At Richfield’s Wood Lake Nature Center, QR codes are portals to lives once lived

QR codes have become popular as a promotional tool in recent years, allowing anyone with a smartphone to scan a code that links them to a website, but now they are being used to remember loved ones by connecting passersby to memorial websites. (Photo by Andrew Wig – Sun Newspapers)

Now anybody who visits Wood Lake Nature Center in Richfield and comes across the memorial garden at the entryway can find out who Sue Olson was.

She was a traveler, a counselor, a wife, a nurse and a mother of one daughter. But there was more to Olson, and the details are unveiled with the help of what looks like scrambled postage stamp, a tiny blur of black and white dots called a quick response — or QR — code. They have become a popular marketing tool in recent years, directing people to promotional materials via their smart phones. They scan the code using the phone’s camera and some free software, and are taken to a website or other electronic promotional venues.

But now, QR codes are giving glimpses into the lives of the deceased. At Wood Lake Nature Center, the codes are in place at two memorial gardens, with more on the way.

When Olson died of cancer in 2005, “my grieving process was pretty ugly,” said Sid Munson, Olson’s second husband. Olson died shortly after the couple moved into a home across the street from Wood Lake Nature Center.

To cope, Munson, along with nature center director Karen Shragg, threw himself into a project to revamp the center’s deteriorating entryway. They turned the wooden steps into concrete ones. They installed a gate, replaced the asphalt walkway with earth-toned pavers.

To cap it off, they built a memorial garden to Olson, with a rock listing her name and lifespan: June 11, 1952 – Nov. 14, 2005. Since the garden was established in late 2006, to passersby who didn’t know Olson the sight was only a rock with a name and two dates, surrounded by a peaceful array of greenery.

That all is still there, but the rubberized QR code, affixed to one corner of the rock earlier this month, provides a different glimpse — into the life of someone who is no longer here.

“Memorials can raise more questions than answers,” said Shragg, whose late grandmother, Babe Shragg, has a QR code on her grave at Minneapolis Jewish Cemetery.

The QR codes have answers. The one for Olson links to a web site with a biography and a few select pictures.

Those who scan the code will learn she was born in Woodville, Wisc., to Albert and Marie Olson. She had one brother, who turned out to be a physician. She was a social worker. She liked to travel — around the world, but especially to the north shore of Lake Superior, and especially to the area surrounding the town of Tofte.

But “it was very clear her greatest devotion was the raising of her only daughter, Kirsten,” the biography reads.

The life story goes on to say Olson wasn’t much for attention “and never sought accolades of any kind, so this garden tribute would dumbfound or perhaps even embarrass her.”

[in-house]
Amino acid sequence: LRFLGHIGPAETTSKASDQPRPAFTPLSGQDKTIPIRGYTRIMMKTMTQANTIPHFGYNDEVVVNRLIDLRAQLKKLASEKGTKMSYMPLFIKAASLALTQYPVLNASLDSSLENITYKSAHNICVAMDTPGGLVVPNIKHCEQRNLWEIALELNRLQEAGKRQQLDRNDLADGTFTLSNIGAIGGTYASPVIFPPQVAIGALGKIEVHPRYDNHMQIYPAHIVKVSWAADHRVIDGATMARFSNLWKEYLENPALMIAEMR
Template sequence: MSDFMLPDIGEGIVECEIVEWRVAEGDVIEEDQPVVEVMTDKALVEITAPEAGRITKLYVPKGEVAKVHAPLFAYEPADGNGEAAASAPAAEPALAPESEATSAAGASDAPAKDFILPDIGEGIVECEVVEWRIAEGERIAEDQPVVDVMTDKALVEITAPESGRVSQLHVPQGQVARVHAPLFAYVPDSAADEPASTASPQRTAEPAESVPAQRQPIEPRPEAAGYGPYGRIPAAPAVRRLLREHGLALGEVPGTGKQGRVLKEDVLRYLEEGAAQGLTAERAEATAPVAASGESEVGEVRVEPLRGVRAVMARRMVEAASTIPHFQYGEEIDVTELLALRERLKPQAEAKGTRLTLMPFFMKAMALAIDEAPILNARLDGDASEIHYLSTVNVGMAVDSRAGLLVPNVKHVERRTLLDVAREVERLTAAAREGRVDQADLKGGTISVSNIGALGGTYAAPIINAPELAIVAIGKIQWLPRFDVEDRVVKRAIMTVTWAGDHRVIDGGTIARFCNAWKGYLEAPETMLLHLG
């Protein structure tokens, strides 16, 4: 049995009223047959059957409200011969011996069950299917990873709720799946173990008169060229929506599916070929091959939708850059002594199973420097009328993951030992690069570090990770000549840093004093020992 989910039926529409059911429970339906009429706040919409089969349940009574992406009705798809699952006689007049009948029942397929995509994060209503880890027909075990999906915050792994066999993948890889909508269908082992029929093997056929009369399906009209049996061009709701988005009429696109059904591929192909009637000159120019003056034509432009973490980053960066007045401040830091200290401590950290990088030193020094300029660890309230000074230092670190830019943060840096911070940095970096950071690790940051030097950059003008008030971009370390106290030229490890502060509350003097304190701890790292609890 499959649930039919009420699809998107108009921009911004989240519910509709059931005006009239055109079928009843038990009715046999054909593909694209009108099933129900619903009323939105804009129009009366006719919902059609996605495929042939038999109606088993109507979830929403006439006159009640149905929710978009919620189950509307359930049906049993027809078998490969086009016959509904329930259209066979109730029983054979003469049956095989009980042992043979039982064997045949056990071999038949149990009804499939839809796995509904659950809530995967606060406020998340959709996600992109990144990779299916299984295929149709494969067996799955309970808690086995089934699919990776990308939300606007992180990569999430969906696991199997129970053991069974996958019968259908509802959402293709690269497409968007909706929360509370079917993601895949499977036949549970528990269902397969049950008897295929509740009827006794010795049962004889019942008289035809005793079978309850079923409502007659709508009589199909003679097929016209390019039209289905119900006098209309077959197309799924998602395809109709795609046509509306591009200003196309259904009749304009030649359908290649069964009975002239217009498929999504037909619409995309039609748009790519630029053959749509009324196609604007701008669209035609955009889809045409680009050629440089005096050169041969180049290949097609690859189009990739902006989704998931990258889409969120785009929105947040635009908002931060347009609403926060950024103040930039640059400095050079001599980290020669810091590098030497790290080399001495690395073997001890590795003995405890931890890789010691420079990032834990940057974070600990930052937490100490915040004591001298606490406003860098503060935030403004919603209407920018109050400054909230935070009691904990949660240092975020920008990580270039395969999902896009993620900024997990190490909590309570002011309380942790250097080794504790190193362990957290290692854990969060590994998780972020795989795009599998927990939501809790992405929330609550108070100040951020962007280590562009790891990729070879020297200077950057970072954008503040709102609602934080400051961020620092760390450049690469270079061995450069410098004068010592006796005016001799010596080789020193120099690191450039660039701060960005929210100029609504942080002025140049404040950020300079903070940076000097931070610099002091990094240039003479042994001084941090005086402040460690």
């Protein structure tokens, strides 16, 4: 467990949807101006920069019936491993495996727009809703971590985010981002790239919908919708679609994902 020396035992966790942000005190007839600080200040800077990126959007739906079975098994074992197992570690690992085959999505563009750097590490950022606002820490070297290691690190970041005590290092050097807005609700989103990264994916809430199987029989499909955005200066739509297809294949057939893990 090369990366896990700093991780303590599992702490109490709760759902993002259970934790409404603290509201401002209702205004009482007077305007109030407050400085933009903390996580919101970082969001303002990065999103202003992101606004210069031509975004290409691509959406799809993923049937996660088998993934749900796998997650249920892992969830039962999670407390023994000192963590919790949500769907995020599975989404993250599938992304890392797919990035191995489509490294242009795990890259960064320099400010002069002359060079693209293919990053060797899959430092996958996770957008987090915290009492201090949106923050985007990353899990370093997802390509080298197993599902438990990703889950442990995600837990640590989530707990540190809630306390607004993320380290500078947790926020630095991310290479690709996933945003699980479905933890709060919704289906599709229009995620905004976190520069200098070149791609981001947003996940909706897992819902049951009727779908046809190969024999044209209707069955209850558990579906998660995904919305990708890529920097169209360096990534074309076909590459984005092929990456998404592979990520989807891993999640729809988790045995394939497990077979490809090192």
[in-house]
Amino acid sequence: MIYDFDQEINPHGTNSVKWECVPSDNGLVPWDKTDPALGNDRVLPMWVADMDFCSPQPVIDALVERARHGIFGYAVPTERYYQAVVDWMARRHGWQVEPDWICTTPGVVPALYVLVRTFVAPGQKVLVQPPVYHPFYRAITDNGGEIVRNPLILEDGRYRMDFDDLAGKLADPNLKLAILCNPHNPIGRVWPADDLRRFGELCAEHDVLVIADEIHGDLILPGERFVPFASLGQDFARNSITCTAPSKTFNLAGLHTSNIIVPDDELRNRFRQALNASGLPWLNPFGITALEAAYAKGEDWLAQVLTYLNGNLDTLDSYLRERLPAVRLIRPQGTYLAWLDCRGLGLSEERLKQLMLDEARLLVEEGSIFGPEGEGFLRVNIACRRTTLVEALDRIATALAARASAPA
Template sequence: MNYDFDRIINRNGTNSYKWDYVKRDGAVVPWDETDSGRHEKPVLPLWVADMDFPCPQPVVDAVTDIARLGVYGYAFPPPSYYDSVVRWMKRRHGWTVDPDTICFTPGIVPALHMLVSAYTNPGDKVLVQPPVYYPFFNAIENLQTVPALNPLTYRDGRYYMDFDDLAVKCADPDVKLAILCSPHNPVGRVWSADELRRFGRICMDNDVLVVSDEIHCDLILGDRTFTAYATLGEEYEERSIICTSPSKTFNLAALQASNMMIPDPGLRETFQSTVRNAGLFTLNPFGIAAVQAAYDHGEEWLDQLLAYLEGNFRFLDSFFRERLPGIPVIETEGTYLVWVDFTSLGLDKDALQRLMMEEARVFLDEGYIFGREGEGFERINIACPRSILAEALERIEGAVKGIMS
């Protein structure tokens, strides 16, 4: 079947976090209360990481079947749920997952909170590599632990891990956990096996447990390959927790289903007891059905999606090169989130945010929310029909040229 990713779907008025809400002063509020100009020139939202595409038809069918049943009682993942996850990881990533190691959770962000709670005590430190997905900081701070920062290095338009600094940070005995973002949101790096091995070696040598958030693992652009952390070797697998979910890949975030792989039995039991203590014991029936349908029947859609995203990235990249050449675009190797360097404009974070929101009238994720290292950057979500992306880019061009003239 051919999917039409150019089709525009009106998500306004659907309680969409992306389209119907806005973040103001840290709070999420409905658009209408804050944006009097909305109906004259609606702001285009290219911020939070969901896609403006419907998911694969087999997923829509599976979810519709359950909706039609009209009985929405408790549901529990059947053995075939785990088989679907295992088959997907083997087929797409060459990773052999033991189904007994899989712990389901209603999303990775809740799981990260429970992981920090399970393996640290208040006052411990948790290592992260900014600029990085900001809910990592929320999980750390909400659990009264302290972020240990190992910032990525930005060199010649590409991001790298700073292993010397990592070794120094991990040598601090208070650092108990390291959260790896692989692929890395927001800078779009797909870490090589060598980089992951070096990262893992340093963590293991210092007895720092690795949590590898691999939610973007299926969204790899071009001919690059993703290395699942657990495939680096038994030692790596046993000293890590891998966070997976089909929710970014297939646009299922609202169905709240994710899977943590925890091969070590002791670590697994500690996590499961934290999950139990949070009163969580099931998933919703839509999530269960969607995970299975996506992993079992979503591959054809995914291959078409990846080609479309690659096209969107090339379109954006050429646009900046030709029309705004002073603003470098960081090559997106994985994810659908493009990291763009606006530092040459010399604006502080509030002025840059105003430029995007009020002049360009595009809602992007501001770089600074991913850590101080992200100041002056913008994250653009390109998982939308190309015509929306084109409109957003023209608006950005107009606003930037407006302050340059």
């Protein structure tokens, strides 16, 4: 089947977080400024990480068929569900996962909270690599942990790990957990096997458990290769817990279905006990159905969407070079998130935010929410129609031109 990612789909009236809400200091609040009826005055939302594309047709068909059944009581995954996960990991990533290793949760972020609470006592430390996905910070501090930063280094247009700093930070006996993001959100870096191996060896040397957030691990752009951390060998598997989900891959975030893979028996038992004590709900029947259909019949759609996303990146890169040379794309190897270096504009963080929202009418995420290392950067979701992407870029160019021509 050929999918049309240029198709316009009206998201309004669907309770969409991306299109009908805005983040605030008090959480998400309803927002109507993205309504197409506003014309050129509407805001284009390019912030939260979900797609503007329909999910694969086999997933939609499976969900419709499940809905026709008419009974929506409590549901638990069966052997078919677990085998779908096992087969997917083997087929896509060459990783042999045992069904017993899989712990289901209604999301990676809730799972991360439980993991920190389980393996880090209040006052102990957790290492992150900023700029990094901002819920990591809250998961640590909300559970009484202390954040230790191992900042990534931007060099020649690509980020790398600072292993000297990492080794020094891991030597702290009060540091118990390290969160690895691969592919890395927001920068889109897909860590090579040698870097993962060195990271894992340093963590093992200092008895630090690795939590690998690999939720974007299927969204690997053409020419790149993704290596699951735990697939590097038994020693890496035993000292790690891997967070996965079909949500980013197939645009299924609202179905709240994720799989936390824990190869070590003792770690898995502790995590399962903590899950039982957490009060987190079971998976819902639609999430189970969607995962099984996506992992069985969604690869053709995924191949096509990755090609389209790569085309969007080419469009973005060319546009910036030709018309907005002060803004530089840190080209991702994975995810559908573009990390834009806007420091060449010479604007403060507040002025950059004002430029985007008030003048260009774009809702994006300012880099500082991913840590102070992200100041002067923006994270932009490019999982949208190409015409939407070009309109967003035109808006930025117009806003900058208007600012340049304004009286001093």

The words are enough to give a stranger chills. And this way, Olson’s granddaughters won’t be strangers themselves. “They can come over and see their grandma Sue,” Munson said. His step-granddaughters never knew their grandmother.

A handful of memorial companies provide these kinds of QR codes. The nature center directs people to Katzman Monument Company, which does national business selling memorials. The QR code aspect of the business is about four months old, said Norman Taple, the company’s president.

The adhesive codes, which are barely noticeable unless someone is looking for them, cost $150. In addition to the final product, the process itself of assembling the content brings comfort to those who have lost a loved one, Taple says.

“People have this opportunity to reconnect with family members” as they get together to look over old photos and write a biography for the electronic memorial, Taple noted.

“It’s so easy,” said Munson, who does not own a smart phone and described himself as “not a very techie guy.”

A few feet down the path from Olson’s memorial is another memorial garden, with a rock dedicated to Bill Carlson, the late WCCO-TV anchor and Wood Lake Nature Center booster. His memorial provides a more extensive look at the possibilities the QR codes bring.

In addition to a biography, there are a couple dozen pictures — of Carlson lounging on a deck chair with his wife, Nancy, Carlson sleeping with his big brown dog, Carlson and Nancy getting ready to cut their wedding cake, Carlson sitting down to birthday cake with family. The memorial site also features videos of Carlson.

Two more of the QR codes are soon on the way to memorials at Wood Lake Nature Center, Shragg said. With 35 memorial benches spread across the center, there are plenty of places to put them.

“I think this might catch on,” Munson said.

Shragg, the author of the recently released book, “Grieveing Outside the Box,” views the tiny portals as another layer to the interpretive mission of center.

“We are an interpretive center, and these codes help to interpret people’s lives,” she said. “It kind of gives them a second life, really.”

That the codes enrich the nature center is fitting, considering the final line of Olson’s online biography:

“Sue definitely left the world a better place.”

The memorial websites can also be accessed via computer by visiting memorylinks.com and entering the corresponding IDs. The ID for Olson is 2930. Carlson’s site can be reached by entering 2931.

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